Tuesday, February 28, 2012

SC Public Charter School District

069This was a session presented by Nicole Adams (SC Connections Academy), Pam Sanders (Palmetto State E-cademy) and Donna Strom (SC Virtual Charter School) at the SC Council for Exceptional Children. It really cleared up a lot of myths and I learned a lot of interesting information.

Here are my notes:

1. Total students enrolled are 9,967 with 1077 special education students.

2. There are 8288 virtual students with 884 special education students.

3. This is not a home school.

4. Materials are provided.

5. Free/reduced lunch applications are accepted in order to get Title 1 funding and services.

6. Funded at 75% from the state.

7. This is a virtual school not program that has a total high school curriculum with full time students. Core subjects and related arts including PE are taught.

8. Students receive a state high school diploma (same graduation, attendance, reporting requirements as regular high schools)

9. Students must be enrolled in only one school district (not the virtual and other)

10. Students must be in good standing with residential school district including proof of residency and immunization.

11. Must have internet access (at home or public library or elsewhere)

12. Special Education Teachers are certified, highly qualified, state employees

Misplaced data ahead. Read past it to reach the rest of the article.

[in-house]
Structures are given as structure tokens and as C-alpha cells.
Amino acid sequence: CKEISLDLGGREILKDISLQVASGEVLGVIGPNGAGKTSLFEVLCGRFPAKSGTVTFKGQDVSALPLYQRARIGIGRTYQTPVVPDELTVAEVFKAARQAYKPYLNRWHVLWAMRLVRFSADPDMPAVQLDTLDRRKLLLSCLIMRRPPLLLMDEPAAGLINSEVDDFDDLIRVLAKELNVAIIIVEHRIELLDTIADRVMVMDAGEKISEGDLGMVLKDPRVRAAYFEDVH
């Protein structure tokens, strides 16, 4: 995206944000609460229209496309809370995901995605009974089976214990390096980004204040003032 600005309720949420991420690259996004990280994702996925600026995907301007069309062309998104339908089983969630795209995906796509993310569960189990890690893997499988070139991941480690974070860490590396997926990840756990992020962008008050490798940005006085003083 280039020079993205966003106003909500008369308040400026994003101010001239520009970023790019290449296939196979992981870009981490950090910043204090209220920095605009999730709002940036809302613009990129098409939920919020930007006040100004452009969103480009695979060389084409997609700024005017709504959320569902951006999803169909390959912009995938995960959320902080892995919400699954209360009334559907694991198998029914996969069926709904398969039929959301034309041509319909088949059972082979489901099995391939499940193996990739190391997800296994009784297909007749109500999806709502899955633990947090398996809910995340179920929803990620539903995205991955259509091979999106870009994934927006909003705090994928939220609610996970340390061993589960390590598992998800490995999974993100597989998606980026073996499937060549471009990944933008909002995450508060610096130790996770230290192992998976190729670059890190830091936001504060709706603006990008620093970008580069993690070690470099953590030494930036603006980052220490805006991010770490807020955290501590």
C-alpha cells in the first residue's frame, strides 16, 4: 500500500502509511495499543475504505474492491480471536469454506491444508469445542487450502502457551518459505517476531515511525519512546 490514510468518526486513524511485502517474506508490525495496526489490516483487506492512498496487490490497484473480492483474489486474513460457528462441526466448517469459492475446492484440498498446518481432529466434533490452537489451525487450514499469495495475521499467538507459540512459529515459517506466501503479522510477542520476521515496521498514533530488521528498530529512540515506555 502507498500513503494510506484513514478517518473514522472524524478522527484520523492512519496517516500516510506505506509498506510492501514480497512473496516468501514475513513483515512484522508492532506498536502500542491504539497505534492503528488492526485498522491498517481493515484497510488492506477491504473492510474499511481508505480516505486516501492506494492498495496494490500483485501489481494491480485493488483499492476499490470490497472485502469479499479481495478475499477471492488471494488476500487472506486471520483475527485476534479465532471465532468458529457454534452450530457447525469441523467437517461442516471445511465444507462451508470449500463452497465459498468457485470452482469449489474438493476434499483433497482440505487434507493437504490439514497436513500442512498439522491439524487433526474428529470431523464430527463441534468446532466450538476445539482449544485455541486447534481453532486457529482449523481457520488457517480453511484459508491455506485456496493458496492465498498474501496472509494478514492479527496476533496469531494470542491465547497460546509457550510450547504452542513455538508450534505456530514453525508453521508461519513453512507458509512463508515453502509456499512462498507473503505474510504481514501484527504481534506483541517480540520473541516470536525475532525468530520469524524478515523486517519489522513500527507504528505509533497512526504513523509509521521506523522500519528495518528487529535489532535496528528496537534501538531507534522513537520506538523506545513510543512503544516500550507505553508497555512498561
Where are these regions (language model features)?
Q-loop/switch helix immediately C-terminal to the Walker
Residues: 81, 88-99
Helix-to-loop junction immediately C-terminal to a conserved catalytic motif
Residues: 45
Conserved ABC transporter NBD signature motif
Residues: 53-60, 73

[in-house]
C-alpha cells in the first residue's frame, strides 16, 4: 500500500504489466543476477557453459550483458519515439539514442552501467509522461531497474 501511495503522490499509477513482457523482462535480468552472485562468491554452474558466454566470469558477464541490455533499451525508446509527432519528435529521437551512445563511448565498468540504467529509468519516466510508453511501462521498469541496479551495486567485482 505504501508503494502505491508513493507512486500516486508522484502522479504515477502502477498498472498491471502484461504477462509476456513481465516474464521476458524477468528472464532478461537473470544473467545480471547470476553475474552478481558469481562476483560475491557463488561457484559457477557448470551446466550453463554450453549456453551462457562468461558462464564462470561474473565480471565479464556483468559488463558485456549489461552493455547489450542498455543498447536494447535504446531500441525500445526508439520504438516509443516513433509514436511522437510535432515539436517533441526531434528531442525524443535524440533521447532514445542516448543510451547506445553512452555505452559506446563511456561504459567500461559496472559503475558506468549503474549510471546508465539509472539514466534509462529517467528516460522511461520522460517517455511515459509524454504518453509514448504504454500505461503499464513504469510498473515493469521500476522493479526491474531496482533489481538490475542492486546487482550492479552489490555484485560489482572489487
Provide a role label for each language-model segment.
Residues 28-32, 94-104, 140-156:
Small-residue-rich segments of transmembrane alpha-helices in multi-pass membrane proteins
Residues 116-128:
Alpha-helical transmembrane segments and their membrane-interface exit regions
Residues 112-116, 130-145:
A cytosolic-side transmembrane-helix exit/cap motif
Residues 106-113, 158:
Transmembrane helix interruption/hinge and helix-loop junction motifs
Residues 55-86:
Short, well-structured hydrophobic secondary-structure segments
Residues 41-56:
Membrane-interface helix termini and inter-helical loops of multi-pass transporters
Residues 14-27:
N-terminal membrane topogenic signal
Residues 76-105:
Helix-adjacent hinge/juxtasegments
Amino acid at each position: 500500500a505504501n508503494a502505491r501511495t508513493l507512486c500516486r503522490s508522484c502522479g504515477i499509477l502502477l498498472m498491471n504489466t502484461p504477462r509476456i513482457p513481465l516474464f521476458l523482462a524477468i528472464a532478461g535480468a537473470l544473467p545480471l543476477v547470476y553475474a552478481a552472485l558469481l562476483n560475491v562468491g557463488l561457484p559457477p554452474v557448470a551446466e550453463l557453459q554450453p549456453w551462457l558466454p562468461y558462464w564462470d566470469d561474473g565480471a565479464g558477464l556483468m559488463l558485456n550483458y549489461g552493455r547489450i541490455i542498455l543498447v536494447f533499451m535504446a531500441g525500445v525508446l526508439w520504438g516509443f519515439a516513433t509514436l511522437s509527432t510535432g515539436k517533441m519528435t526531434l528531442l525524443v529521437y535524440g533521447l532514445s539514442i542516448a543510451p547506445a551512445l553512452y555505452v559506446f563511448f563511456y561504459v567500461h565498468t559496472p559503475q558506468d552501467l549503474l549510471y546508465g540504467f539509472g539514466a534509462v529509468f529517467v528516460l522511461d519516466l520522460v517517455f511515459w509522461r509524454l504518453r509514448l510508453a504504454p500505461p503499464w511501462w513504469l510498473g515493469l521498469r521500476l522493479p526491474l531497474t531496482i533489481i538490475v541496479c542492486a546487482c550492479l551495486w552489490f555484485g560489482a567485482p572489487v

13. Related services: OT and PT are face to face only; virtual speech cannot be billed to Medicaid

14. IEP meetings online 98% of the time.

15. State testing (HSAP, EOCEP) are face to face in various locations across the state.

My thoughts:

As mentioned in the presentation, this is not a perfect fit for everyone but I like how it is an be alternative for some. I would think being a teacher at a virtual school would be great too! I don’t foresee a lot of in class behavior problems. I do think students would have to be self motivated and responsible to be successful in this. I’m not sure I would want my teenager at home alone without supervision and expect him/her to “attend” school regularly. For a student to be more successful, I would imagine that at least an adult would need to be home to make sure the student fulfills the responsibility of attending virtual school (I mean, they are still “children” in my eyes.)

Do you have virtual schools in your district? How do they work? How successful is the school and/or the students? Please share.

Original Image by Pat Hensley

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